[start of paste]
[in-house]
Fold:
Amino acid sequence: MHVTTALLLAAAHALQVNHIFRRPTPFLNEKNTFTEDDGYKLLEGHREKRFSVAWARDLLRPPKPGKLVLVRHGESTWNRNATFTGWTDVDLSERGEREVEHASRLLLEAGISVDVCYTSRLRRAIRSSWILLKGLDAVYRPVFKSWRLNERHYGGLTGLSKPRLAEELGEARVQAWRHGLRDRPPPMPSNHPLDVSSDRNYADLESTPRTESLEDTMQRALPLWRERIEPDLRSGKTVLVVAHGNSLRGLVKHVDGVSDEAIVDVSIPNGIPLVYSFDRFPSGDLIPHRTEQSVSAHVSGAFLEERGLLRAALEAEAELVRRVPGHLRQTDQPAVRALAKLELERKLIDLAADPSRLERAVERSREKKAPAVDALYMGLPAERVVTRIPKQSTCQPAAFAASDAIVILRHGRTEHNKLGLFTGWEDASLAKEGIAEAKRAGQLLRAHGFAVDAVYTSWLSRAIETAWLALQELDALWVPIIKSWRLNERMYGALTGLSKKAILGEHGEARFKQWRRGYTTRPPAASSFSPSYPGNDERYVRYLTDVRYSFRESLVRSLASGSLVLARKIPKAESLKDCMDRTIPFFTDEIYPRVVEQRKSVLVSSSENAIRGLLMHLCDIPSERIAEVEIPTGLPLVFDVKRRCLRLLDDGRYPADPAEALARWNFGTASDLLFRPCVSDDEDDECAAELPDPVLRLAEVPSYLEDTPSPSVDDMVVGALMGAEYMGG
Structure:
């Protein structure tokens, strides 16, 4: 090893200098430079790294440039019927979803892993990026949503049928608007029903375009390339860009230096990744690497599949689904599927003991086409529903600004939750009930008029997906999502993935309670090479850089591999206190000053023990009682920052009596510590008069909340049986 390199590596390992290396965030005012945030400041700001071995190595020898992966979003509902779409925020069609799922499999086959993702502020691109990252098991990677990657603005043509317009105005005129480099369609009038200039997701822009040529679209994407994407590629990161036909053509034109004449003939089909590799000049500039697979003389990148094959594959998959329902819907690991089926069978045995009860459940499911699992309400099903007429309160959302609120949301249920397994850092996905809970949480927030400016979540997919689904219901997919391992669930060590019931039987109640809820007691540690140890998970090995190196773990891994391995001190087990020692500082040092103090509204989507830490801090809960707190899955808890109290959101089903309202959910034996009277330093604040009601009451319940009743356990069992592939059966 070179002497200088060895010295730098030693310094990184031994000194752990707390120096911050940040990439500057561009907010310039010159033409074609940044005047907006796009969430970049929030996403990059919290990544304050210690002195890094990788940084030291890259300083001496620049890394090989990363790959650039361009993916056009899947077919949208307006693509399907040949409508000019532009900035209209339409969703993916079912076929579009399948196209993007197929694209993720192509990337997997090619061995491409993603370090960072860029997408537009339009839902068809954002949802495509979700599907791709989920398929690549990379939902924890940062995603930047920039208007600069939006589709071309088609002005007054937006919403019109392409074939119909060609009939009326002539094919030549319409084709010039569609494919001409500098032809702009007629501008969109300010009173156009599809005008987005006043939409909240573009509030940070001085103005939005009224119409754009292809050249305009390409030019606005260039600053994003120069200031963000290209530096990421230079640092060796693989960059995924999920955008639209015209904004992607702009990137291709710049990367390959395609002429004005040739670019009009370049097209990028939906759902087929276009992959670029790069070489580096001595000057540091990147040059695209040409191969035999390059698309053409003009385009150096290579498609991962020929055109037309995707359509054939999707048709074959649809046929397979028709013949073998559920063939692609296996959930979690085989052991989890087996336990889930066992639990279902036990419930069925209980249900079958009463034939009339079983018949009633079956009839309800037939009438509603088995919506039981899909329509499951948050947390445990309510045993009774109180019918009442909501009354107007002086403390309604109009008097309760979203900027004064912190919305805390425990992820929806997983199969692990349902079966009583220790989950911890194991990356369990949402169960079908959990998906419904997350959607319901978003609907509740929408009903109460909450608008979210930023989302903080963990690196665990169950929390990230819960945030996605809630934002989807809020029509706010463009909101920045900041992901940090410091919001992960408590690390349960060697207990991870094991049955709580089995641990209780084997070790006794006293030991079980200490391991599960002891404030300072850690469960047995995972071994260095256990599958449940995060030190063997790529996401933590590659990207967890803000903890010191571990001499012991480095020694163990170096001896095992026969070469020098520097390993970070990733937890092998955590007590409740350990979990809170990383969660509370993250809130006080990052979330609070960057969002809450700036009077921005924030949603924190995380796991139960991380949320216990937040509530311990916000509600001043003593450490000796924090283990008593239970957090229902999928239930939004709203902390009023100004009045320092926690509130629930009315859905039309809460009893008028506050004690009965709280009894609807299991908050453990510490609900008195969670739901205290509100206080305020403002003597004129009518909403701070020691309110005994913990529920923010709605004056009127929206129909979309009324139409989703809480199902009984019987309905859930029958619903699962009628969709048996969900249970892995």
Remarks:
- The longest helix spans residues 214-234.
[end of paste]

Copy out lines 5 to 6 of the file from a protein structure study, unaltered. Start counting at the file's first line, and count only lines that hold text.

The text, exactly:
């Protein structure tokens, strides 16, 4: 090893200098430079790294440039019927979803892993990026949503049928608007029903375009390339860009230096990744690497599949689904599927003991086409529903600004939750009930008029997906999502993935309670090479850089591999206190000053023990009682920052009596510590008069909340049986 390199590596390992290396965030005012945030400041700001071995190595020898992966979003509902779409925020069609799922499999086959993702502020691109990252098991990677990657603005043509317009105005005129480099369609009038200039997701822009040529679209994407994407590629990161036909053509034109004449003939089909590799000049500039697979003389990148094959594959998959329902819907690991089926069978045995009860459940499911699992309400099903007429309160959302609120949301249920397994850092996905809970949480927030400016979540997919689904219901997919391992669930060590019931039987109640809820007691540690140890998970090995190196773990891994391995001190087990020692500082040092103090509204989507830490801090809960707190899955808890109290959101089903309202959910034996009277330093604040009601009451319940009743356990069992592939059966 070179002497200088060895010295730098030693310094990184031994000194752990707390120096911050940040990439500057561009907010310039010159033409074609940044005047907006796009969430970049929030996403990059919290990544304050210690002195890094990788940084030291890259300083001496620049890394090989990363790959650039361009993916056009899947077919949208307006693509399907040949409508000019532009900035209209339409969703993916079912076929579009399948196209993007197929694209993720192509990337997997090619061995491409993603370090960072860029997408537009339009839902068809954002949802495509979700599907791709989920398929690549990379939902924890940062995603930047920039208007600069939006589709071309088609002005007054937006919403019109392409074939119909060609009939009326002539094919030549319409084709010039569609494919001409500098032809702009007629501008969109300010009173156009599809005008987005006043939409909240573009509030940070001085103005939005009224119409754009292809050249305009390409030019606005260039600053994003120069200031963000290209530096990421230079640092060796693989960059995924999920955008639209015209904004992607702009990137291709710049990367390959395609002429004005040739670019009009370049097209990028939906759902087929276009992959670029790069070489580096001595000057540091990147040059695209040409191969035999390059698309053409003009385009150096290579498609991962020929055109037309995707359509054939999707048709074959649809046929397979028709013949073998559920063939692609296996959930979690085989052991989890087996336990889930066992639990279902036990419930069925209980249900079958009463034939009339079983018949009633079956009839309800037939009438509603088995919506039981899909329509499951948050947390445990309510045993009774109180019918009442909501009354107007002086403390309604109009008097309760979203900027004064912190919305805390425990992820929806997983199969692990349902079966009583220790989950911890194991990356369990949402169960079908959990998906419904997350959607319901978003609907509740929408009903109460909450608008979210930023989302903080963990690196665990169950929390990230819960945030996605809630934002989807809020029509706010463009909101920045900041992901940090410091919001992960408590690390349960060697207990991870094991049955709580089995641990209780084997070790006794006293030991079980200490391991599960002891404030300072850690469960047995995972071994260095256990599958449940995060030190063997790529996401933590590659990207967890803000903890010191571990001499012991480095020694163990170096001896095992026969070469020098520097390993970070990733937890092998955590007590409740350990979990809170990383969660509370993250809130006080990052979330609070960057969002809450700036009077921005924030949603924190995380796991139960991380949320216990937040509530311990916000509600001043003593450490000796924090283990008593239970957090229902999928239930939004709203902390009023100004009045320092926690509130629930009315859905039309809460009893008028506050004690009965709280009894609807299991908050453990510490609900008195969670739901205290509100206080305020403002003597004129009518909403701070020691309110005994913990529920923010709605004056009127929206129909979309009324139409989703809480199902009984019987309905859930029958619903699962009628969709048996969900249970892995």
Remarks: